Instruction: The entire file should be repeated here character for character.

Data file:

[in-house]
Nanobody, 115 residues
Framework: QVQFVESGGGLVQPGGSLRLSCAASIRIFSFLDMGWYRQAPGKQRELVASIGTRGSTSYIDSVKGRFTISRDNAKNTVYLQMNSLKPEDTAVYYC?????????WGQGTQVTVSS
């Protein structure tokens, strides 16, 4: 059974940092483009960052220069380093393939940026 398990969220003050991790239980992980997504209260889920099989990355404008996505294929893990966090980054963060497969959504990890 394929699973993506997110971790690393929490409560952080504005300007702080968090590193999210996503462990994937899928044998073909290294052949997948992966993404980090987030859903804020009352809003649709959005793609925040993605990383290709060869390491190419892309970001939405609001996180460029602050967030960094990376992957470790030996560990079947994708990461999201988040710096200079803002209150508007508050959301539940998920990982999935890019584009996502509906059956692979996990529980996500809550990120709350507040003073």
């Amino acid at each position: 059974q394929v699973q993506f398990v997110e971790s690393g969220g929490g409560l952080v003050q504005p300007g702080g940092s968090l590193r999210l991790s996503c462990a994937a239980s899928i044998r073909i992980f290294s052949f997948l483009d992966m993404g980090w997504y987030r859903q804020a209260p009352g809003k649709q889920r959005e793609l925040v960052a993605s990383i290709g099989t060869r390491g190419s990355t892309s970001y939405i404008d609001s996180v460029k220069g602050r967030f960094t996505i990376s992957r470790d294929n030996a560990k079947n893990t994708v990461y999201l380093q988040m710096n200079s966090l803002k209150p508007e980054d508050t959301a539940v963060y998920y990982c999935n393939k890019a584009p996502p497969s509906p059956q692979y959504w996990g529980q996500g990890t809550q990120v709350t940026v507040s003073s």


[in-house]
Nanobody, 115 residues
Framework: QVQFVESGGGLVQPGGSLRLSCAASIRIFSFLDMGWYRQAPGKQRELVASIGTRGSTSYIDSVKGRFTISRDNAKNTVYLQMNSLKPEDTAVYYC?????????WGQGTQVTVSS
């Protein structure tokens, strides 16, 4: 059974940092483009960052220069380093393939940026 398990969220003050991790239980992980997504209260889920099989990355404008996505294929893990966090980054963060497969959504990890 394929699973993506997110971790690393929490409560952080504005300007702080968090590193999210996503462990994937899928044998073909290294052949997948992966993404980090987030859903804020009352809003649709959005793609925040993605990383290709060869390491190419892309970001939405609001996180460029602050967030960094990376992957470790030996560990079947994708990461999201988040710096200079803002209150508007508050959301539940998920990982999935890019584009996502509906059956692979996990529980996500809550990120709350507040003073």
């Amino acid at each position: 059974q394929v699973q993506f398990v997110e971790s690393g969220g929490g409560l952080v003050q504005p300007g702080g940092s968090l590193r999210l991790s996503c462990a994937a239980s899928i044998r073909i992980f290294s052949f997948l483009d992966m993404g980090w997504y987030r859903q804020a209260p009352g809003k649709q889920r959005e793609l925040v960052a993605s990383i290709g099989t060869r390491g190419s990355t892309s970001y939405i404008d609001s996180v460029k220069g602050r967030f960094t996505i990376s992957r470790d294929n030996a560990k079947n893990t994708v990461y999201l380093q988040m710096n200079s966090l803002k209150p508007e980054d508050t959301a539940v963060y998920y990982c999935n393939k890019a584009p996502p497969s509906p059956q692979y959504w996990g529980q996500g990890t809550q990120v709350t940026v507040s003073s």